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dc.contributor.authorThomas, Andrew D.
dc.contributor.authorTooth, Stephen
dc.contributor.authorWu, Li
dc.contributor.authorElliott, David R.
dc.date.accessioned2020-11-06T08:57:36Z
dc.date.available2020-11-06T08:57:36Z
dc.date.issued2020-10-09
dc.identifier.citationLan, S., Thomas, A.D., Tooth, S., Wu, L. and Elliott, D.R., (2020). 'Effects of vegetation on bacterial communities, carbon and nitrogen in dryland soil surfaces: implications for shrub encroachment in the southwest Kalahari'. Science of The Total Environment, 142847, pp. 1-11.en_US
dc.identifier.issn00489697
dc.identifier.doi10.1016/j.scitotenv.2020.142847
dc.identifier.urihttp://hdl.handle.net/10545/625335
dc.description.abstractShrub encroachment is occurring in many of the world's drylands, but its impacts on ecosystem structure and function are still poorly understood. In particular, it remains unclear how shrub encroachment affects dryland soil surfaces, including biological soil crust (biocrust) communities. In this study, soil surfaces (0–1 cm depth) were sampled from areas of Grewia flava shrubs and Eragrostis lehmanniana and Schmidtia kalahariensis grasses in the southwest Kalahari during two different seasons (March and November). Our hypothesis is that the presence of different vegetation cover types (shrubs versus grasses) alters the microbial composition of soil surfaces owing to their contrasting microenvironments. The results showed that more significant differences in microclimate (light, soil surface temperatures) and soil surface microbial communities were observed between shrubs and grasses than between sampling seasons. Based on high-throughput 16S rRNA gene sequencing, our findings showed that approximately one third (33.5%) of the operational taxonomic units (OTUs) occurred exclusively in soil surfaces beneath shrubs. Soil surfaces with biocrusts in grass areas were dominated by the cyanobacteria Microcoleus steenstrupii, whereas the soil surfaces beneath shrubs were dominated by the proteobacteria Microvirga flocculans. Soil surfaces beneath shrubs are associated with reduced cyanobacterial abundance but have higher total carbon and total nitrogen contents compared to biocrusts in grass areas. These findings infer changes in the relative contributions from different sources of carbon and nitrogen (e.g. cyanobacterial and non-cyanobacterial fixation, plant litter, animal activity). The distinctive microbial composition and higher carbon and nitrogen contents in soil surfaces beneath shrubs may provide a positive feedback mechanism promoting shrub encroachment, which helps to explain why the phenomenon is commonly observed to be irreversible.en_US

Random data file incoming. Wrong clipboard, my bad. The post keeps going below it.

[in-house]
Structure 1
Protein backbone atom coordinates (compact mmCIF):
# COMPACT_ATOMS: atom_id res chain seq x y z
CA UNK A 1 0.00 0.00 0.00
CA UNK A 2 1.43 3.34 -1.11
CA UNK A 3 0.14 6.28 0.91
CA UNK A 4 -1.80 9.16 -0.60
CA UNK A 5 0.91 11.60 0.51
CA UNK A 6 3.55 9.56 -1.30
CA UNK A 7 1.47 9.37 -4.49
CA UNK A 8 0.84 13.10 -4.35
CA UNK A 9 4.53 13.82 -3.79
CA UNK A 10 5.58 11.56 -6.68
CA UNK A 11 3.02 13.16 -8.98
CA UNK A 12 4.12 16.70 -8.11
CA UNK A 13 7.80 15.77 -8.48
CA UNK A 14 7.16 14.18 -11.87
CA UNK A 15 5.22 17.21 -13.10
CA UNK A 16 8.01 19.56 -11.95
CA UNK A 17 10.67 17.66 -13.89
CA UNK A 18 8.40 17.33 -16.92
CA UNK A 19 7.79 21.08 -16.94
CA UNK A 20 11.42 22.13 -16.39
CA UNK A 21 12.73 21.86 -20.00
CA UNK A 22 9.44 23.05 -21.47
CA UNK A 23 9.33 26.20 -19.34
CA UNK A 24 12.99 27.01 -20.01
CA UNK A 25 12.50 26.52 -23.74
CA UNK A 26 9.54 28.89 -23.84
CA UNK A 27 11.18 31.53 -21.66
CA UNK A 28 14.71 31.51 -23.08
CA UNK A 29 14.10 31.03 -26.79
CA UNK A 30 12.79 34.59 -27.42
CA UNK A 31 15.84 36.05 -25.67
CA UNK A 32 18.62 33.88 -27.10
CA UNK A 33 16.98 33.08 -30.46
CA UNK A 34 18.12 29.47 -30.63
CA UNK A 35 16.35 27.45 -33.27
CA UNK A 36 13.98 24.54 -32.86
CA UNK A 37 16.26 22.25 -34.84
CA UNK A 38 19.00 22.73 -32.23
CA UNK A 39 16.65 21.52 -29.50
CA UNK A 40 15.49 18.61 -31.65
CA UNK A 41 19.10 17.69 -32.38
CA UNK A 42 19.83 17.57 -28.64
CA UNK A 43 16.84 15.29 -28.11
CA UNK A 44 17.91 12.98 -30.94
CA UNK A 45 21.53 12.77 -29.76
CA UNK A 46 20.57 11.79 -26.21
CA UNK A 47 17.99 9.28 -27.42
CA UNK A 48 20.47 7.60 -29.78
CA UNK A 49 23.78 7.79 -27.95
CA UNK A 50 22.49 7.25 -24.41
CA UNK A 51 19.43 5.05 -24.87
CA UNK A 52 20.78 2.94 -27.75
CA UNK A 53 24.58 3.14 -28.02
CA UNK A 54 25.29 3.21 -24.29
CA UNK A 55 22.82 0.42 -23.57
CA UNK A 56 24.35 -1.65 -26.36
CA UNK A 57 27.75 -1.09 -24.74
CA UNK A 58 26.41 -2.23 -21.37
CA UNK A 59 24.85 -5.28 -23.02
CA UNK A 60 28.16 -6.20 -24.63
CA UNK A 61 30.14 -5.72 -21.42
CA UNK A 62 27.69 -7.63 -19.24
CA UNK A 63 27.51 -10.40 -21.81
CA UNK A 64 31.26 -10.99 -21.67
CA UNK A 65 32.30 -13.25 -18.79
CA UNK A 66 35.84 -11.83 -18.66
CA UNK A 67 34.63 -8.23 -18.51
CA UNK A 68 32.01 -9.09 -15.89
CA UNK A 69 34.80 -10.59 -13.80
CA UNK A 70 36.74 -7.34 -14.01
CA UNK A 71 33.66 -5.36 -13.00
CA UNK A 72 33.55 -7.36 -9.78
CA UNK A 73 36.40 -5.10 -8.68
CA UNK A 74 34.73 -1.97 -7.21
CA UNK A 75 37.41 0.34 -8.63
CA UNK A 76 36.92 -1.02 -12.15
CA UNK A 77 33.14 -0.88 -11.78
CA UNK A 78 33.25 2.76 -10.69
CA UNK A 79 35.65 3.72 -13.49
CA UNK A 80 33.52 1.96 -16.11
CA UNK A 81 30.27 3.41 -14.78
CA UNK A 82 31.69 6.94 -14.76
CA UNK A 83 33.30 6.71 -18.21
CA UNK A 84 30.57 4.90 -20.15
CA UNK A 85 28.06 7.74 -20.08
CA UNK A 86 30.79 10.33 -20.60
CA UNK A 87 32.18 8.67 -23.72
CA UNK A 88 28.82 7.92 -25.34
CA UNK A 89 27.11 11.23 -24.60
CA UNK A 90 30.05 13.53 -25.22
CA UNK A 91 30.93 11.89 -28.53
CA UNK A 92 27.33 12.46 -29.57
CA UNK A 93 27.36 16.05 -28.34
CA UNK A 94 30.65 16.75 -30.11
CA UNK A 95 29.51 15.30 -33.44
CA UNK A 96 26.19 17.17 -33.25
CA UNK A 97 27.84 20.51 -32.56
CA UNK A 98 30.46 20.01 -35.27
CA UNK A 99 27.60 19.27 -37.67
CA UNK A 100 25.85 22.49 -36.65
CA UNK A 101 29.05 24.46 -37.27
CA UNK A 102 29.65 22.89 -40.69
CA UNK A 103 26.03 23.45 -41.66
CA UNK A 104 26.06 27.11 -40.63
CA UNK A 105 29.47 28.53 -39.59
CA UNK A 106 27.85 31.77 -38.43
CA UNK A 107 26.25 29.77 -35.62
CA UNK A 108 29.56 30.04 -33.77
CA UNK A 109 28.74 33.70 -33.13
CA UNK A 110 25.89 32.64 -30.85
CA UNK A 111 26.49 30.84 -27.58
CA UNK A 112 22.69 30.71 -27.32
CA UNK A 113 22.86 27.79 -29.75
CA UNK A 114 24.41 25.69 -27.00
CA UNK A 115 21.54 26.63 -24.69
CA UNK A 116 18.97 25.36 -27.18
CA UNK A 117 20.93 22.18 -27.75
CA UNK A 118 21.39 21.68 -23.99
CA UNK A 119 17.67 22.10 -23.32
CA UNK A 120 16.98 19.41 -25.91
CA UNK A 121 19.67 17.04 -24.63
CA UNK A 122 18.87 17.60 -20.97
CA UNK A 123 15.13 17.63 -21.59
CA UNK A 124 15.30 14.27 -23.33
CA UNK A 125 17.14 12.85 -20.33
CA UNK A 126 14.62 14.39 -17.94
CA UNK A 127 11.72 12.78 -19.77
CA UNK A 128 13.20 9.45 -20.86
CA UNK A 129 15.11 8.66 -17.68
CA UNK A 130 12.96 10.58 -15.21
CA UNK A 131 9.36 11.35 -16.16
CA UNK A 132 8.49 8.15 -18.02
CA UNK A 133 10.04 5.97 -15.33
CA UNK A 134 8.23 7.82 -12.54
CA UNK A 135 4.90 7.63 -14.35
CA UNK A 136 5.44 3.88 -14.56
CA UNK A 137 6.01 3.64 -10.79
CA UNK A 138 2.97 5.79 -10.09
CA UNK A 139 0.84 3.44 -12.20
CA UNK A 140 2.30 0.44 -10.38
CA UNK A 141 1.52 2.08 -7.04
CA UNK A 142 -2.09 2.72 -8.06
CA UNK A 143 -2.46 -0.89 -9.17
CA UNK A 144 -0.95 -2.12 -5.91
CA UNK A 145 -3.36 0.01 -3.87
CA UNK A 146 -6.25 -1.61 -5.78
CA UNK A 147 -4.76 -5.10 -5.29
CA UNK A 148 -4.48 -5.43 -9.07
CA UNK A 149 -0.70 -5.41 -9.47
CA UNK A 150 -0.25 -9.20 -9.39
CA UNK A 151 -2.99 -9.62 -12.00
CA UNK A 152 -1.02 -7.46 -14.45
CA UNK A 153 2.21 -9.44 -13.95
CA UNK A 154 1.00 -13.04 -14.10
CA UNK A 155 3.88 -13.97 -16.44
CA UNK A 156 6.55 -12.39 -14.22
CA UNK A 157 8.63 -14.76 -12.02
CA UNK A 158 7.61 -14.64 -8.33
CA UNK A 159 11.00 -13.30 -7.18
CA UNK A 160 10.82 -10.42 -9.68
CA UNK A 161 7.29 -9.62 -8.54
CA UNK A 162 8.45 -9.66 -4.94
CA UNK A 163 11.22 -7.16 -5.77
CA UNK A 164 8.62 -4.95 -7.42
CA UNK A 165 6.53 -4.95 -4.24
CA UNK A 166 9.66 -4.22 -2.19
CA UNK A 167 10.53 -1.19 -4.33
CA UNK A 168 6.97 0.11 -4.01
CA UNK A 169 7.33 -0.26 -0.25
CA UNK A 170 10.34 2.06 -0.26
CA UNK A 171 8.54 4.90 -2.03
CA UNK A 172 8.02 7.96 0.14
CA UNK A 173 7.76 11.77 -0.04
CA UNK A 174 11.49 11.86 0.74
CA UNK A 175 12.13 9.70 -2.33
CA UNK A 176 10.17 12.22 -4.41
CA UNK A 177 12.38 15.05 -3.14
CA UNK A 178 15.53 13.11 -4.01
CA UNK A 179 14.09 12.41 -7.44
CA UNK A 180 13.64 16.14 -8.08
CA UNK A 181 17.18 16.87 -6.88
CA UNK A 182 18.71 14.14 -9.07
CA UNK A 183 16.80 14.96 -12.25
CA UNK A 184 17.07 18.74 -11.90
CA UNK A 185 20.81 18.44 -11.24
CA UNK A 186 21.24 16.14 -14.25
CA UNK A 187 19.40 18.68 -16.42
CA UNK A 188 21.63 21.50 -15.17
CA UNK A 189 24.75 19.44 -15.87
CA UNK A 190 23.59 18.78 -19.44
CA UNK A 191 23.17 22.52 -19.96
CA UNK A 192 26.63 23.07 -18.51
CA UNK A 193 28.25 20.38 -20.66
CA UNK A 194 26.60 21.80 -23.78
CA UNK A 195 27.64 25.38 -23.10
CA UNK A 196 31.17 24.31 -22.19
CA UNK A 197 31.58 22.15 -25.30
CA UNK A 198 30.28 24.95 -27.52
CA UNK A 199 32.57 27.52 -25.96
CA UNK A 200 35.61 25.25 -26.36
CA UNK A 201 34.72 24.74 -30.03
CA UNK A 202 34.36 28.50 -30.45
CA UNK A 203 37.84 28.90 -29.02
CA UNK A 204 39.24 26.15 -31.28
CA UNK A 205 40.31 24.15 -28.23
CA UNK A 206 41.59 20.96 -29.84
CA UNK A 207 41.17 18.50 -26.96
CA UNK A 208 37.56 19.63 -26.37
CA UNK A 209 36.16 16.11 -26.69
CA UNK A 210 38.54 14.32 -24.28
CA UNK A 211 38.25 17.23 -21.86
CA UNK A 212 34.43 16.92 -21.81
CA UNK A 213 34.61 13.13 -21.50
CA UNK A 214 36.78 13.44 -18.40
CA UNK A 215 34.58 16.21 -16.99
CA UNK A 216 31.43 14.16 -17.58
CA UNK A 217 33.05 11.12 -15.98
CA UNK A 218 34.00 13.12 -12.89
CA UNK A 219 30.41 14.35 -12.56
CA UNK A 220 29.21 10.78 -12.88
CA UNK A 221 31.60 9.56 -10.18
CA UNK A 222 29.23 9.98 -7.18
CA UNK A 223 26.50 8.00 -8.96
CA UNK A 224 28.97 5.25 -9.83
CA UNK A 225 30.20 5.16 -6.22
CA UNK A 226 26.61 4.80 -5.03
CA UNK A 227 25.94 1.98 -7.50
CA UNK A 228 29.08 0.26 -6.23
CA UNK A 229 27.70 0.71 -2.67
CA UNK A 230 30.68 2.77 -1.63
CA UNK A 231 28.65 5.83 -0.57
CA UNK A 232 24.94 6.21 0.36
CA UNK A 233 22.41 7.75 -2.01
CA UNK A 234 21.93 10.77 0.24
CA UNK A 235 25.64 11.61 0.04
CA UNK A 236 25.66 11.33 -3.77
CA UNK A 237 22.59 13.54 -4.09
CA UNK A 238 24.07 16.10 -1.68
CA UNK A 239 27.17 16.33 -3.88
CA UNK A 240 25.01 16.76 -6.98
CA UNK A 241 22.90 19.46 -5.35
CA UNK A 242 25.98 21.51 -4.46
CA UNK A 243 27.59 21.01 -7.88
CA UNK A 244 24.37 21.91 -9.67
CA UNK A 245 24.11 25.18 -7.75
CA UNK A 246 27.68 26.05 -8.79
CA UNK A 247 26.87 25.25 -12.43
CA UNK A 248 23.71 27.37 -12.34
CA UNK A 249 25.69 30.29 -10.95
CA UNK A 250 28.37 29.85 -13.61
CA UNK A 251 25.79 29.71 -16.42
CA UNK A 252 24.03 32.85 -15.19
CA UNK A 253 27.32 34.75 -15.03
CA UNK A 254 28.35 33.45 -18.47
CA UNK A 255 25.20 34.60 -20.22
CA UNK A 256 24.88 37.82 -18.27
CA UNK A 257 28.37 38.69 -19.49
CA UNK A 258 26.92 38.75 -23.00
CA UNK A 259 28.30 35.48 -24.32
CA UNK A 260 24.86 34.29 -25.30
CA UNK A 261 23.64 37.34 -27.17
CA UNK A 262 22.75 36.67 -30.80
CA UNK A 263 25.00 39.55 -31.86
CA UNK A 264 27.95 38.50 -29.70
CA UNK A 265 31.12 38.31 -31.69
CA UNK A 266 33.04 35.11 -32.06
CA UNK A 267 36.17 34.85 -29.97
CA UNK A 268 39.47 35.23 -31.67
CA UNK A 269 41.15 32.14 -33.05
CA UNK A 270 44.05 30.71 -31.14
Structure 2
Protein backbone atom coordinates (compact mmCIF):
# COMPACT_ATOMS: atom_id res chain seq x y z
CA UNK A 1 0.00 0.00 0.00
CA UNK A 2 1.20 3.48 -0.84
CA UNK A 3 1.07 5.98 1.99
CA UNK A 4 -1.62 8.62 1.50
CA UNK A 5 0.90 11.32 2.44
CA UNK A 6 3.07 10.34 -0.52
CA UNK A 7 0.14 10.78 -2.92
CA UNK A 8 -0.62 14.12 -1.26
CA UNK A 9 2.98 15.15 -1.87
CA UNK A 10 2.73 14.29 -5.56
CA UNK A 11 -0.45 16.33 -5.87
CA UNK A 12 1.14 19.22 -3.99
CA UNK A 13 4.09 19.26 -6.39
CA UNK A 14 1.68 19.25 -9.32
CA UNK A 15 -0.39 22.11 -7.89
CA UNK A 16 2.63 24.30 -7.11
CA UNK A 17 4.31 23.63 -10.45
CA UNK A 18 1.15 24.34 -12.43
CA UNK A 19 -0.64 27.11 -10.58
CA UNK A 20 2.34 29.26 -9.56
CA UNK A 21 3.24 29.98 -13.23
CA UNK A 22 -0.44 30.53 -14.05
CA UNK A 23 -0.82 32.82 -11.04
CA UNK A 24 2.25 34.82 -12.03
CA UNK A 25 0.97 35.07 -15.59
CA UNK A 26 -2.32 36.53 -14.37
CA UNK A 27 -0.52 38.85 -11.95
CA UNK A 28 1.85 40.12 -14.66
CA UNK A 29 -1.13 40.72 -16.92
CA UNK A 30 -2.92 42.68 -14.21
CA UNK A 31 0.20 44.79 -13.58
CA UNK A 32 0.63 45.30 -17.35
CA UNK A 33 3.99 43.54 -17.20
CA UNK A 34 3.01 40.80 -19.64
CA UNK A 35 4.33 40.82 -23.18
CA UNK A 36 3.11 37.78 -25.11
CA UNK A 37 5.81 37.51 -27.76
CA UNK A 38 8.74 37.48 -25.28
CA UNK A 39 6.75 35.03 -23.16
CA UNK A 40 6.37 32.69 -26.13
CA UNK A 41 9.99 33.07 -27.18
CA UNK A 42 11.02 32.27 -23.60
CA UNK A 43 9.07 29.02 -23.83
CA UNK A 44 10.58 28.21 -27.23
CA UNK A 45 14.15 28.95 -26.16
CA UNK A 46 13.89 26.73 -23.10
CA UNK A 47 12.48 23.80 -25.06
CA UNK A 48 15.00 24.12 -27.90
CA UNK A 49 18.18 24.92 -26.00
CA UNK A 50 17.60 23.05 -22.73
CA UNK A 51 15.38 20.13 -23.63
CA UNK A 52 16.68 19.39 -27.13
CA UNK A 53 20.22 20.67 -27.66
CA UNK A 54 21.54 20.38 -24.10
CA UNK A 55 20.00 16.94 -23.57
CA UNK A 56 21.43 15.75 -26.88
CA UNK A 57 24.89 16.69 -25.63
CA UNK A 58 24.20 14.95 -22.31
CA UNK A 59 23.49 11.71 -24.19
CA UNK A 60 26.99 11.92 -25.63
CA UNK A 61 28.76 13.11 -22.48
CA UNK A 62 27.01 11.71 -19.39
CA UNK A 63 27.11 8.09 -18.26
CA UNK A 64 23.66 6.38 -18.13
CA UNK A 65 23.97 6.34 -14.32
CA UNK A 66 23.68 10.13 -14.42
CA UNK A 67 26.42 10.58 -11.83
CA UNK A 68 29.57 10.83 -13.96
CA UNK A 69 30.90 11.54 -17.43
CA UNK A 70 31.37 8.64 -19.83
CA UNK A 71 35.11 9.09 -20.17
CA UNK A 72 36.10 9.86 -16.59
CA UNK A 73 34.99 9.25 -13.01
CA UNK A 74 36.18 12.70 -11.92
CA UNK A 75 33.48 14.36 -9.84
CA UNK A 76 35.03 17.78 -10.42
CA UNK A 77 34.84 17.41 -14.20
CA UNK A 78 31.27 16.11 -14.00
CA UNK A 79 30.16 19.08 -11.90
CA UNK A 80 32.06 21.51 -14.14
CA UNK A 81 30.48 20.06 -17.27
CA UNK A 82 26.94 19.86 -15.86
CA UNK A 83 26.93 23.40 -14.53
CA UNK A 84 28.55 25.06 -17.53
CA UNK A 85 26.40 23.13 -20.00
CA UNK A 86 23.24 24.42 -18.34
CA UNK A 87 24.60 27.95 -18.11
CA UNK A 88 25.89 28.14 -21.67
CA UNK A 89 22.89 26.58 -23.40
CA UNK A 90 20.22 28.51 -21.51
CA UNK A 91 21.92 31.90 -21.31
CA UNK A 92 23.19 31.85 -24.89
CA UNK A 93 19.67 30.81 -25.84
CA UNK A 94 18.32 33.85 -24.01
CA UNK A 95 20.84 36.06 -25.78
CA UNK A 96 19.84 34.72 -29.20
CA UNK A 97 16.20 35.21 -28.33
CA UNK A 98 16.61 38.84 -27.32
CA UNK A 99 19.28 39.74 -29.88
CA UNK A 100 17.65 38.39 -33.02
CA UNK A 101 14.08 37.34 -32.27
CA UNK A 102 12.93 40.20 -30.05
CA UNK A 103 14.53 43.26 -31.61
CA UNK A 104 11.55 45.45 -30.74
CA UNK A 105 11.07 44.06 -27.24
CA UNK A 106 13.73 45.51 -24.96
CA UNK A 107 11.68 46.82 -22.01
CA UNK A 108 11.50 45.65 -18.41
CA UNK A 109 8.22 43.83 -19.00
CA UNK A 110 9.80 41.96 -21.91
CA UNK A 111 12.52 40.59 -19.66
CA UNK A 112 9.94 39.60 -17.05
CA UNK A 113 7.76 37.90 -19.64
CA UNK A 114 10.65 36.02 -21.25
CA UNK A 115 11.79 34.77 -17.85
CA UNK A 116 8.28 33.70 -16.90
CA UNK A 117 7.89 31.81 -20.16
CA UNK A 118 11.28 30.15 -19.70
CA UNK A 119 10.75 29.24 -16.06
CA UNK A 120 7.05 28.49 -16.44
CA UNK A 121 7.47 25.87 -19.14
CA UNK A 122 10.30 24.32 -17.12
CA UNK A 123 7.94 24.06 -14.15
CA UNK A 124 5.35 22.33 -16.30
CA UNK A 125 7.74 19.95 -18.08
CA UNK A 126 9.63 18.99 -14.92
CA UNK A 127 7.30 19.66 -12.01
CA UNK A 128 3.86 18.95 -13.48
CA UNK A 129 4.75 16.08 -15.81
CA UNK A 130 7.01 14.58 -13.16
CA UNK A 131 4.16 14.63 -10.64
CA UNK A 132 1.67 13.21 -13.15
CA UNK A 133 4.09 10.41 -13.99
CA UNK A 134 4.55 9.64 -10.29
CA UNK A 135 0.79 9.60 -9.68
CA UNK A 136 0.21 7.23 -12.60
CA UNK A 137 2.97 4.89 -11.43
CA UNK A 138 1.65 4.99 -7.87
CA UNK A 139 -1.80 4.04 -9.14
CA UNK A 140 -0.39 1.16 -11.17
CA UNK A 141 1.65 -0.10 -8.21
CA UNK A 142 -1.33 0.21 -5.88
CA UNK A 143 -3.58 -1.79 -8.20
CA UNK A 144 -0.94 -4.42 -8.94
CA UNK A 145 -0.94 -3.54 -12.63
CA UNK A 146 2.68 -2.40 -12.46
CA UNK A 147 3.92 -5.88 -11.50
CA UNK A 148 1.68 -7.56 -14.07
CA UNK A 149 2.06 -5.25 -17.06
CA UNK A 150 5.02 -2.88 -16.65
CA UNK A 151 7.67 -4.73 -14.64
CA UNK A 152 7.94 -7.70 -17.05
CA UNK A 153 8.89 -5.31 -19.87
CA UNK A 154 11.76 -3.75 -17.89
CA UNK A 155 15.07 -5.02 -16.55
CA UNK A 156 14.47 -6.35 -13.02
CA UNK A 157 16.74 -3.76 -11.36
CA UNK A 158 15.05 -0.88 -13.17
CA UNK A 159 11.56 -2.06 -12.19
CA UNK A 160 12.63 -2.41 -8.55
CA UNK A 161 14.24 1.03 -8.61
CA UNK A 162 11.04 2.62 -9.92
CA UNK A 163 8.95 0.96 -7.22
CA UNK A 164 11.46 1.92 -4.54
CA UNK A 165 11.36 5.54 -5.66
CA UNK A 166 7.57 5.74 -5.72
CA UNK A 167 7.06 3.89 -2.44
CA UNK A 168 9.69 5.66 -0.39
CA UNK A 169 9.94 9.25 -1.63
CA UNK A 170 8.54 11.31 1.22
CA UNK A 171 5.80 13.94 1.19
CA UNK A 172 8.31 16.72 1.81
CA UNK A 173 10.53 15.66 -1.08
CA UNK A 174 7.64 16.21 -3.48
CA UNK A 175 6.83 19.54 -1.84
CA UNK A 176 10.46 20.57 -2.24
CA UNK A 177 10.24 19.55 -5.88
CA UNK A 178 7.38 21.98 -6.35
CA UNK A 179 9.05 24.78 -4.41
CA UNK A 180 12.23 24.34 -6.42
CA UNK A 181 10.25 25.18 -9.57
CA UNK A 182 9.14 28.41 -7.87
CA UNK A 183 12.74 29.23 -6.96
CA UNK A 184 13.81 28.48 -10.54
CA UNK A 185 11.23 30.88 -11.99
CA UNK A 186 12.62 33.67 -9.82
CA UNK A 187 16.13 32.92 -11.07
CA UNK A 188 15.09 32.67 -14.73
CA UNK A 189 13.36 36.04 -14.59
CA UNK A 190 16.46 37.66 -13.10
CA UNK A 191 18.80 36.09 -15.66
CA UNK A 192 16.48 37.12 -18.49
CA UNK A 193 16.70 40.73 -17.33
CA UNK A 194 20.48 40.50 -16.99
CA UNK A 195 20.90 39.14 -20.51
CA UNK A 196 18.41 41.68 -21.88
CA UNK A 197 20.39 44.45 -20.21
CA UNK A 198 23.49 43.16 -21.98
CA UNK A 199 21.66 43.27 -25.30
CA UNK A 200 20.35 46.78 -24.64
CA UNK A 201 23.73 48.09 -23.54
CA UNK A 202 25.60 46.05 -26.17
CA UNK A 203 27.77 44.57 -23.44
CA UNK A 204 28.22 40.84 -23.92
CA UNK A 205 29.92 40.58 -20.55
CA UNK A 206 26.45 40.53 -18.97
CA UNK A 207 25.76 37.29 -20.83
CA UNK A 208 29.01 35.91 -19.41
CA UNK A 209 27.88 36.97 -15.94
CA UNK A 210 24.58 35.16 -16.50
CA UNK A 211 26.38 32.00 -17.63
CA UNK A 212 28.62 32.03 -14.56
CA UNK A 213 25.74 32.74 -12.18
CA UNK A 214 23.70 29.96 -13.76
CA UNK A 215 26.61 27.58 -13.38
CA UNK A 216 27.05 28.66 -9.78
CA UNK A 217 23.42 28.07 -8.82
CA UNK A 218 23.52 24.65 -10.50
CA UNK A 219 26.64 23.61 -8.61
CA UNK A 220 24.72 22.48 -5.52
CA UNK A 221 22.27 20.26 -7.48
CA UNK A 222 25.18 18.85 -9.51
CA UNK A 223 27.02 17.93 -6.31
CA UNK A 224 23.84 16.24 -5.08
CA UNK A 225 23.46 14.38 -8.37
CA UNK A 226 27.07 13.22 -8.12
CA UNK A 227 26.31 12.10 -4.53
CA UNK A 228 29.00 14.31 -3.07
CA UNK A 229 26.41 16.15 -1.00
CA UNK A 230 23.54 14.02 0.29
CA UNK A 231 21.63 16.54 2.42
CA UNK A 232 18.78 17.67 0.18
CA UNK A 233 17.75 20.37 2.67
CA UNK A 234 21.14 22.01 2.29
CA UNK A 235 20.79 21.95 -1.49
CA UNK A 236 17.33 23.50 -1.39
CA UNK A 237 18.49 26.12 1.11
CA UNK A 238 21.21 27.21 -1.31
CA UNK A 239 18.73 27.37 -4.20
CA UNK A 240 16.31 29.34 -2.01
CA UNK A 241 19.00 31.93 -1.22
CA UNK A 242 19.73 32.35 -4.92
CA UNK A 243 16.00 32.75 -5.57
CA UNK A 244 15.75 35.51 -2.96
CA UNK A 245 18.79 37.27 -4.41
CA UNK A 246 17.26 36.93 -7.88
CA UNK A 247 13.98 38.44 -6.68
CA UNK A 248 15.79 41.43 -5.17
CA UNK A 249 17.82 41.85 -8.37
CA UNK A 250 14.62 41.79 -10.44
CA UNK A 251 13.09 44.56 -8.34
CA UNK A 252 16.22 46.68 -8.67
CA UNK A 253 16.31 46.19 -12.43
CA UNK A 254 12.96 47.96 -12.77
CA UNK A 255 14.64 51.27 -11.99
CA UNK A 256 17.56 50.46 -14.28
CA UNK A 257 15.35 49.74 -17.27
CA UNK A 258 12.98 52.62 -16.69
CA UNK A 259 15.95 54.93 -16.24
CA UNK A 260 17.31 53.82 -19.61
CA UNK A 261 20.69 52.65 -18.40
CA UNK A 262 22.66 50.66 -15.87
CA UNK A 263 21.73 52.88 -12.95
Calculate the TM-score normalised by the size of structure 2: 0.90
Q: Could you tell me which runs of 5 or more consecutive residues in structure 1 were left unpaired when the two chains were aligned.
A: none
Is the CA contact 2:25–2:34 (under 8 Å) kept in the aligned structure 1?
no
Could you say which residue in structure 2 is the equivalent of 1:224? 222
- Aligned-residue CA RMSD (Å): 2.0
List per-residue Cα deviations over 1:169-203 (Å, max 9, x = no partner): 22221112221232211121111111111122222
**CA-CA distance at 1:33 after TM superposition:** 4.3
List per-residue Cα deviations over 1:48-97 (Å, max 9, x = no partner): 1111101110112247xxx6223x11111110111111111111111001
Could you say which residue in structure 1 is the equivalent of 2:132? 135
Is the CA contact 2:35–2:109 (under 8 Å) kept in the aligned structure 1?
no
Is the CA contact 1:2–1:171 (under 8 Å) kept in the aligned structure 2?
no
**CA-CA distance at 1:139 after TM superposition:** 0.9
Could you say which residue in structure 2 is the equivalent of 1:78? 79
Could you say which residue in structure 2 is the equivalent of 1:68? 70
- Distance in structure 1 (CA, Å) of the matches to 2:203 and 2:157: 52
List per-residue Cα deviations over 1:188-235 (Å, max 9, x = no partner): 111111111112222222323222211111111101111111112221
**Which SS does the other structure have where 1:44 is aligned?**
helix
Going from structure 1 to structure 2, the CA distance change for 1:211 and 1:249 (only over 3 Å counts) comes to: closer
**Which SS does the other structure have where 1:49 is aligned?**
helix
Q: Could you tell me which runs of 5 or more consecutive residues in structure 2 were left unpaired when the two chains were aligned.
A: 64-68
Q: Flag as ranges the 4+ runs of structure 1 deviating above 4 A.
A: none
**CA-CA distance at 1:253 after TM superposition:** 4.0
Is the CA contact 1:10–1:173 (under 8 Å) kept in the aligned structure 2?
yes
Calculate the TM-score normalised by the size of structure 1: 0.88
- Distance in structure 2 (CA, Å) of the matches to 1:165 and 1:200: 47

dc.description.sponsorshipThis study was kindly supported by the European Union's Horizon 2020 Research and Innovation Programme under a Marie Skłodowska-Curie Grant (No. 663830), by the National Natural Science Foundation of China (No. 31670456), and by the Strategic Priority Research Program of the Chinese Academy of Sciences (No. XDA17010502).en_US
dc.language.isoenen_US
dc.publisherElsevieren_US
dc.relation.urlhttps://www.sciencedirect.com/science/article/pii/S0048969720363774en_US
dc.rights© 2020 Elsevier B.V. All rights reserved.
dc.subjectShrub encroachmenten_US
dc.subjectBiocrustsen_US
dc.subjectCyanobacteriaen_US
dc.subjectMicrocoleusen_US
dc.subjectCarbonen_US
dc.subjectNitrogenen_US
dc.titleEffects of vegetation on bacterial communities, carbon and nitrogen in dryland soil surfaces: implications for shrub encroachment in the southwest Kalaharien_US
dc.typeArticleen_US
dc.contributor.departmentAberystwyth University, Aberystwythen_US
dc.contributor.departmentChinese Academy of Sciences, Wuhanen_US
dc.contributor.departmentWuhan University of Technology, Wuhanen_US
dc.contributor.departmentUniversity of Derbyen_US
dc.identifier.journalScience of The Total Environmenten_US
dc.identifier.eid1-s2.0-S0048969720363774
dc.identifier.piiS0048-9697(20)36377-4
dc.source.journaltitleScience of The Total Environment
dc.source.beginpage142847
dcterms.dateAccepted2020-10-02
dc.author.detail784888en_US


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